Home Subscription Services

Quintessence International
QI Home Page
About the Editor
Editorial Board
Accepted Manuscripts
Author Guidelines
Submission Form
Reprints / Articles
Quintessence Publishing: Journals: QI
Quintessence International

Edited by Eli Eliav

ISSN 0033-6572 (print) • ISSN 1936-7163 (online)

February 2010
Volume 41 , Issue 2

Share Abstract:

Wear Of Denture Teeth And Their Human Enamel Antagonists

Muhamad Ghazal, DDS, DMD/Matthias Kern, DMD, PhD

Pages: 157–163
PMID: 20165747

Objectives: To evaluate the wear resistance of artificial denture teeth and their human enamel antagonists in a dual-axis chewing simulator. Method and Materials: Four artificial denture teeth—feldspathic ceramic, nanofilled composite resin, experimental acrylic resin with UDMA/PMMA, and interpenetrating polymer networks (IPN) acrylic resin teeth—were tested in this study. Human enamel cusps were used as antagonists. Wear resistance was analyzed by measuring the vertical substance loss and the volume loss of the denture teeth using a laser scanner after 300,000 chewing cycles. In addition, the vertical substance loss of the antagonists was evaluated using an optical macroscope. Data were statistically analyzed using ANOVA. For qualitative analysis of the wear areas, the teeth were sputter coated with gold and evaluated at magnifications of 503 and 1,0003 using SEM. Results: The composite resin teeth exhibited wear that was significantly higher than that of feldspathic ceramic but lower than that of acrylic resin teeth (P < .05). Acrylic resin teeth caused no measurable wear on the enamel antagonists. The wear patterns of the feldspathic ceramic and composite resin teeth can be described as attritional, while a fatigue type of wear was observed in the acrylic resin teeth. Conclusion: The lowest total vertical substance loss was found for the combination composite resin–enamel. Based on the results of this study, composite resin teeth seem to be more suitable for dentures opposing natural teeth than ceramic or acrylic resin teeth in terms of wear resistance. (Quintessence Int 2010;41:157–163)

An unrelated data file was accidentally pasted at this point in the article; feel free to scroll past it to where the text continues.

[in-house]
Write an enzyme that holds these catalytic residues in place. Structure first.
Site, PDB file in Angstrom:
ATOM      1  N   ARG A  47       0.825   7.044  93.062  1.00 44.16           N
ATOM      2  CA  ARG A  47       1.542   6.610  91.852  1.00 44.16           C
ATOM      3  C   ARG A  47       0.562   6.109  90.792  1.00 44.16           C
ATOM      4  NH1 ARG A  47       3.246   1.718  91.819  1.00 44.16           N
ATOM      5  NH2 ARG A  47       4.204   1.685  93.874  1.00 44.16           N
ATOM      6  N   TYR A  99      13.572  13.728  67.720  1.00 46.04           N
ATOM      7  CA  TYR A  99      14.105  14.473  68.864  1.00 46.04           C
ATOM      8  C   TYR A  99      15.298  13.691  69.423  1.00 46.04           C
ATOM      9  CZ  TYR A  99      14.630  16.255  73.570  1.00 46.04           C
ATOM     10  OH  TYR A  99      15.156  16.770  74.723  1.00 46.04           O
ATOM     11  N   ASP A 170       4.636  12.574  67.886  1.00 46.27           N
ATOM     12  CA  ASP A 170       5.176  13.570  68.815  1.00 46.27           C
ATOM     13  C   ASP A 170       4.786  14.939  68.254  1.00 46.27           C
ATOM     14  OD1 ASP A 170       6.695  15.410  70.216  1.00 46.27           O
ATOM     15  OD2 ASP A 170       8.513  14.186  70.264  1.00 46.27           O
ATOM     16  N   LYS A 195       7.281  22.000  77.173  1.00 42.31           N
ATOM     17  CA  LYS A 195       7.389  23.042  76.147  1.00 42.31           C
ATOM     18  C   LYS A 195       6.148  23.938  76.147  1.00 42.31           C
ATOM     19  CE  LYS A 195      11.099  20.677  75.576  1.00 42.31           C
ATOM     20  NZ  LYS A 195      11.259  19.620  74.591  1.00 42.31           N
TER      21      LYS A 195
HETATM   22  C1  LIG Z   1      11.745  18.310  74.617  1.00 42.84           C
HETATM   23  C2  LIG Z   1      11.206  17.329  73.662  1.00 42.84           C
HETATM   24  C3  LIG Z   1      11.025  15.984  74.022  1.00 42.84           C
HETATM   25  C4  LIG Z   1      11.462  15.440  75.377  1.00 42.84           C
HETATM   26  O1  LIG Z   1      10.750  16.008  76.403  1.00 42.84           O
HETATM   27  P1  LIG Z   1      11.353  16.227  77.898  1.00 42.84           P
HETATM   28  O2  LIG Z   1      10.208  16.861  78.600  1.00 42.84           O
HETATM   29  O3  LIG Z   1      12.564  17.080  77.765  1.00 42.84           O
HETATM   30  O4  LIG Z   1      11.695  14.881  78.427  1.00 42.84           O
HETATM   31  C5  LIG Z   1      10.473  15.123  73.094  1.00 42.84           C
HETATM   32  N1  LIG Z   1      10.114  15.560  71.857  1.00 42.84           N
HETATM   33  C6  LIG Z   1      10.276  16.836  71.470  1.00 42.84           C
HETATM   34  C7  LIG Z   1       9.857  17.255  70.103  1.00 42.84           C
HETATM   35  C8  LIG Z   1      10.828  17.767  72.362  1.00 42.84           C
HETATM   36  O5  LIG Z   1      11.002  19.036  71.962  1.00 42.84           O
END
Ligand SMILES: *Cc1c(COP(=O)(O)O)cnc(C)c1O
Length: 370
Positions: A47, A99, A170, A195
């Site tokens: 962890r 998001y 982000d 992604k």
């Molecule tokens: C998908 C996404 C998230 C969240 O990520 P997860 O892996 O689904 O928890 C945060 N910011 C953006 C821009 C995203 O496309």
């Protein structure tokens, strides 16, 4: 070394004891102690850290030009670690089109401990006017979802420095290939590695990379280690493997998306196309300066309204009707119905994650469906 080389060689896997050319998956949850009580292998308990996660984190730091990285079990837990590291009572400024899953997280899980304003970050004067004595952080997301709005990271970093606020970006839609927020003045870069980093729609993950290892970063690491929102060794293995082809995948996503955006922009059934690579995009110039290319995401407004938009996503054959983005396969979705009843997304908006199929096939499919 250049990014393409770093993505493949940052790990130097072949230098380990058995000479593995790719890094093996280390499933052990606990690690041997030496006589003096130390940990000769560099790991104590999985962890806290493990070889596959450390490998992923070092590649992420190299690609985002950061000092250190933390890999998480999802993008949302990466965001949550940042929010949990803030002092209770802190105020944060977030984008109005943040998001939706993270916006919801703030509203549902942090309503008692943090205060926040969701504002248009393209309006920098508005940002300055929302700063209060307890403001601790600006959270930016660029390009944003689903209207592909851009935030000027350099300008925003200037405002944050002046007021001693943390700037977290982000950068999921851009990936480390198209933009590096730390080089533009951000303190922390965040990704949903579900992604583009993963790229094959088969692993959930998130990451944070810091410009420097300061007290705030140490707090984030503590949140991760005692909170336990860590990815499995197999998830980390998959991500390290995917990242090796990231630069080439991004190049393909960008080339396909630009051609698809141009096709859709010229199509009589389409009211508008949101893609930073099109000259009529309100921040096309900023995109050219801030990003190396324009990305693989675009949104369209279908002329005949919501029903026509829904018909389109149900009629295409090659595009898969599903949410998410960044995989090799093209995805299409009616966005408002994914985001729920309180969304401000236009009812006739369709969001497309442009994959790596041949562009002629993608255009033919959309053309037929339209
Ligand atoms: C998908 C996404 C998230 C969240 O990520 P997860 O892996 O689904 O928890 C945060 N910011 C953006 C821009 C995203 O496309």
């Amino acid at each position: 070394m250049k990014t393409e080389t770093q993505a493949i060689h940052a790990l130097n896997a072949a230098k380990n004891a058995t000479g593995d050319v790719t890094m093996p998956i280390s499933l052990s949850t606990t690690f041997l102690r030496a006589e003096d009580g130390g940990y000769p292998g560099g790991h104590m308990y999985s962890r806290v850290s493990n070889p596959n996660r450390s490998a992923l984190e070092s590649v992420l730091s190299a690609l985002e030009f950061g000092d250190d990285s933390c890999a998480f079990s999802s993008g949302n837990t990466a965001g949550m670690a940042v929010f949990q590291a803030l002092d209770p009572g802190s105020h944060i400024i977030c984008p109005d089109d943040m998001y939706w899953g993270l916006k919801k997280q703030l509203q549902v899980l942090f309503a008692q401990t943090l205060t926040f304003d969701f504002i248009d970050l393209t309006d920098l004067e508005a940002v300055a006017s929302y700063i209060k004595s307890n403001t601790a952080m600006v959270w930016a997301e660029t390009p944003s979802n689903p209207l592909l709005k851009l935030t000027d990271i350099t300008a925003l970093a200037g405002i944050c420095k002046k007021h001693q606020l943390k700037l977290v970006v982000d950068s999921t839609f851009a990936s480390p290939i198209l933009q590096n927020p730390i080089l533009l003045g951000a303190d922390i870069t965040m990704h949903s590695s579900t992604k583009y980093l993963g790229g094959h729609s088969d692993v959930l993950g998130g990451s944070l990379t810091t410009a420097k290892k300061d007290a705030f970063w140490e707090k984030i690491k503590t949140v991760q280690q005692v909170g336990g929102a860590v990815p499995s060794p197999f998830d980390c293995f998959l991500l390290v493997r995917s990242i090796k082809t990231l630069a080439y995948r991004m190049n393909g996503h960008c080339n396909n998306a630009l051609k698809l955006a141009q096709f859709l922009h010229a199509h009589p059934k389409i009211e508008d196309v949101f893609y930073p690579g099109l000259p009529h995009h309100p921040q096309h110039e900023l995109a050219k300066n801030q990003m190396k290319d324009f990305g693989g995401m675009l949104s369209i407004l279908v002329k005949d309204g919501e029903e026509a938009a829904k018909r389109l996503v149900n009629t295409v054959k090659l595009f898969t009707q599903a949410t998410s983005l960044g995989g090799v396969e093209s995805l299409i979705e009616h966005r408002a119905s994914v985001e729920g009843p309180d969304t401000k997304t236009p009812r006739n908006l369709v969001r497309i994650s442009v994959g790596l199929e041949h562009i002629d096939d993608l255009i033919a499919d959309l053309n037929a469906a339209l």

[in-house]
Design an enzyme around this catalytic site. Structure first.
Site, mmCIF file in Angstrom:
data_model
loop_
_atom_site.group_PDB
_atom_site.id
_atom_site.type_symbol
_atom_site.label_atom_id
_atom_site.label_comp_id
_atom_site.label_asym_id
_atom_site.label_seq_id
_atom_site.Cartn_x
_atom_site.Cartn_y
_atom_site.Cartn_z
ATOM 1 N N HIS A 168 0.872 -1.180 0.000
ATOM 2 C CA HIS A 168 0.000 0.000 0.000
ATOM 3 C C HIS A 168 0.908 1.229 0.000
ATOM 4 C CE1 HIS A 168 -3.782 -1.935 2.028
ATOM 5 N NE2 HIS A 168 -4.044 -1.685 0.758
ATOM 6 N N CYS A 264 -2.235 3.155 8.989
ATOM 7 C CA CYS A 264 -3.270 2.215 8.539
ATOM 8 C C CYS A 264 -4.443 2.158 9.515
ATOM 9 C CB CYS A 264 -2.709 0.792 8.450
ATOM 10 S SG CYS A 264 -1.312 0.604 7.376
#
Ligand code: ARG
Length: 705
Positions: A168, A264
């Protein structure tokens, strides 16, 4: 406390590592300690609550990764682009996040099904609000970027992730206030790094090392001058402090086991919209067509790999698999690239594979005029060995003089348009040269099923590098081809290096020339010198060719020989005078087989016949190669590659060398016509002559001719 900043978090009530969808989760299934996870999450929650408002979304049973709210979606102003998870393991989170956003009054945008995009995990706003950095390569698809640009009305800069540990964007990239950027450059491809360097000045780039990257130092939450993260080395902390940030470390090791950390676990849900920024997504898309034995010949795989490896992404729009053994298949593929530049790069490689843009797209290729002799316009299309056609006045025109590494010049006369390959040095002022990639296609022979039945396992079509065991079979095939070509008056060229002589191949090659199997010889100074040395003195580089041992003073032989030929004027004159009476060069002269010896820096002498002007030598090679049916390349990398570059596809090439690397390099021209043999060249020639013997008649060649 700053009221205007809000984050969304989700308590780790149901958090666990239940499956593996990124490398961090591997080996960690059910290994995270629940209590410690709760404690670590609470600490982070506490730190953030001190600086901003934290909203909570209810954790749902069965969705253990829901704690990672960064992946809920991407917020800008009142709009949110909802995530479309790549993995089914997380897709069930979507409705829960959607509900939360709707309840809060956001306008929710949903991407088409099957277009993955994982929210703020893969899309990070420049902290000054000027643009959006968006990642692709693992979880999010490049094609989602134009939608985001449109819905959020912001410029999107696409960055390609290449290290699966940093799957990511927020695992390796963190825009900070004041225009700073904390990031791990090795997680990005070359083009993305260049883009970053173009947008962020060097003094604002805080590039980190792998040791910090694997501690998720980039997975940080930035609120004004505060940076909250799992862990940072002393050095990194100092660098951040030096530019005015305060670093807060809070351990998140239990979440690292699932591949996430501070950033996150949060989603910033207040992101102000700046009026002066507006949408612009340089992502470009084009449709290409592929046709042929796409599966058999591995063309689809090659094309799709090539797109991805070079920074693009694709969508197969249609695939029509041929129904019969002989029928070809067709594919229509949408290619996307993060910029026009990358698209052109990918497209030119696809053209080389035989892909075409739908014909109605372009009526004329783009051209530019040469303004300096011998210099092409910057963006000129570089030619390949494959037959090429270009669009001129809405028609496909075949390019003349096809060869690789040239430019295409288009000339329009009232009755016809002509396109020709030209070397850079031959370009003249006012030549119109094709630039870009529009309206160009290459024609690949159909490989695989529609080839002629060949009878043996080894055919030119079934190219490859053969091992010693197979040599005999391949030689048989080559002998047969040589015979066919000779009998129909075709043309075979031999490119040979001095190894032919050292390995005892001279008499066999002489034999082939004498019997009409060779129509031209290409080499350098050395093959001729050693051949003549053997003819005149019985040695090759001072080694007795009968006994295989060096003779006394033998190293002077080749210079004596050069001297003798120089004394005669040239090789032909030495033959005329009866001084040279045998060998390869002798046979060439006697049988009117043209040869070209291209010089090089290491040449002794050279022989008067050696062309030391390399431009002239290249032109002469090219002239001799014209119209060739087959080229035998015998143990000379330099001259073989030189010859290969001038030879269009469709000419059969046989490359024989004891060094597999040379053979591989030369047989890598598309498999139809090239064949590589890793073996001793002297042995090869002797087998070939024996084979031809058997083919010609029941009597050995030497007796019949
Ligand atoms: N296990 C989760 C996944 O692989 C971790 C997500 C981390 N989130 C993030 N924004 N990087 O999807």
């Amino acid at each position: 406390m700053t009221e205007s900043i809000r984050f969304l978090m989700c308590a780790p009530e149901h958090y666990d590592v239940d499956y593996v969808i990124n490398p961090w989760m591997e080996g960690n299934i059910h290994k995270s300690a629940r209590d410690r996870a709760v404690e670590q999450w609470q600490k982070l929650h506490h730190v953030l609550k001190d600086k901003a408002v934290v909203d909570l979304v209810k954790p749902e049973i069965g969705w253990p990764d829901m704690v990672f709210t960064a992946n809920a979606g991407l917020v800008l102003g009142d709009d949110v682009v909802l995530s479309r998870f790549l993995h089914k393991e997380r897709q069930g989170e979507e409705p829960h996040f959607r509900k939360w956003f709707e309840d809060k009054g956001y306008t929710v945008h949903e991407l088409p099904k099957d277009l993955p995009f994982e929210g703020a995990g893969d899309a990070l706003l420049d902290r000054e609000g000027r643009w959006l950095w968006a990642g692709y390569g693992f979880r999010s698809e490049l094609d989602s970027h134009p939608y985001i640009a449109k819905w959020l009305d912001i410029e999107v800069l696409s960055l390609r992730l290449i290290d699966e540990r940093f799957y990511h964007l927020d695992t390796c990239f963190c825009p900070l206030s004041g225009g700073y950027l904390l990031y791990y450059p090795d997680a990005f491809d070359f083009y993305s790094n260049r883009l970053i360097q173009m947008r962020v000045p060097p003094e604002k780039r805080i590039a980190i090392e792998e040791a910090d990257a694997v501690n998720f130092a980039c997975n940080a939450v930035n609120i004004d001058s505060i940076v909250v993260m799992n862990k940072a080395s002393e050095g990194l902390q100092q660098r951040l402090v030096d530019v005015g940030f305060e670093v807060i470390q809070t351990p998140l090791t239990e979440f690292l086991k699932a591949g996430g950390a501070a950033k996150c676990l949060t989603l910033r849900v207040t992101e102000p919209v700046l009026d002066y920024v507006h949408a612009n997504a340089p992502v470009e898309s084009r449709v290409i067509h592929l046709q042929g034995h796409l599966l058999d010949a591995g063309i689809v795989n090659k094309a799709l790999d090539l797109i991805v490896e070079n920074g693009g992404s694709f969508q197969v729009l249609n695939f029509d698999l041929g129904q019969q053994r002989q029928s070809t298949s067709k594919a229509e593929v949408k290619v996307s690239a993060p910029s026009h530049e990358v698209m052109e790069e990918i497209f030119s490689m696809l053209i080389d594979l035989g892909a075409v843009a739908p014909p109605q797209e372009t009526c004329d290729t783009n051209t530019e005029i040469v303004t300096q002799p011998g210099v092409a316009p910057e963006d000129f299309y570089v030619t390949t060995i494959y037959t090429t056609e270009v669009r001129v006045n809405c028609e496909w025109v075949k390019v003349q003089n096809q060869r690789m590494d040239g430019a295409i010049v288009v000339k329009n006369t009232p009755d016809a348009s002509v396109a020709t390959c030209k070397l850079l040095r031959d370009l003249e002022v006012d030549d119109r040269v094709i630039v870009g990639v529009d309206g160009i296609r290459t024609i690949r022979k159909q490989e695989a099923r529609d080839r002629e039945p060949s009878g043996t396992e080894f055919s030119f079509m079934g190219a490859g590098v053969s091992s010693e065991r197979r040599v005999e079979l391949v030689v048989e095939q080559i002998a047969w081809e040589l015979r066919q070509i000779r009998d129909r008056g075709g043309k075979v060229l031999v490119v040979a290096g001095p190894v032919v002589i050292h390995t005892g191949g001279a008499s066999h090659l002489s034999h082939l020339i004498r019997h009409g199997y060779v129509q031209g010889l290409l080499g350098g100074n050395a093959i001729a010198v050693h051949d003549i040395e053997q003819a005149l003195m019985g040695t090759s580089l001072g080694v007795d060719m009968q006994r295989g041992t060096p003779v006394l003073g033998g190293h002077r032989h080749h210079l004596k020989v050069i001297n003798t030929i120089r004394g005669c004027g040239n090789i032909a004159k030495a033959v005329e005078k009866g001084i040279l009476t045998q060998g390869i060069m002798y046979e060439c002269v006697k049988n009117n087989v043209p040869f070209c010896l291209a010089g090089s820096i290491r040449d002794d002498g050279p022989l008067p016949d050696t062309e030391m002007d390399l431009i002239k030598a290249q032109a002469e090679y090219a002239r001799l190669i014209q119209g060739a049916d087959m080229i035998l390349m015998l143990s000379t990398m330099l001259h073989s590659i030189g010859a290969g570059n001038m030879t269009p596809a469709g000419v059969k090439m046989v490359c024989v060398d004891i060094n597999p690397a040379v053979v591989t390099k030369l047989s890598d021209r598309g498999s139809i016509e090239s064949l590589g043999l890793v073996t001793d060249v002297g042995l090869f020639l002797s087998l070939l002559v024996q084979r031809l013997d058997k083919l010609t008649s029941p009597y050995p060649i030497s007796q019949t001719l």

Full Text PDF File | Order Article


Get Adobe Reader
Adobe Acrobat Reader is required to view PDF files. This is a free program available from the Adobe web site.
Follow the download directions on the Adobe web site to get your copy of Adobe Acrobat Reader.
  © 2015 Quintessence Publishing Co Inc

Home | Subscription Services | Books | Journals | Multimedia | Events | Blog
Terms of Use | Privacy Policy | About Us | Contact Us | Advertising | Help | Sitemap | Catalog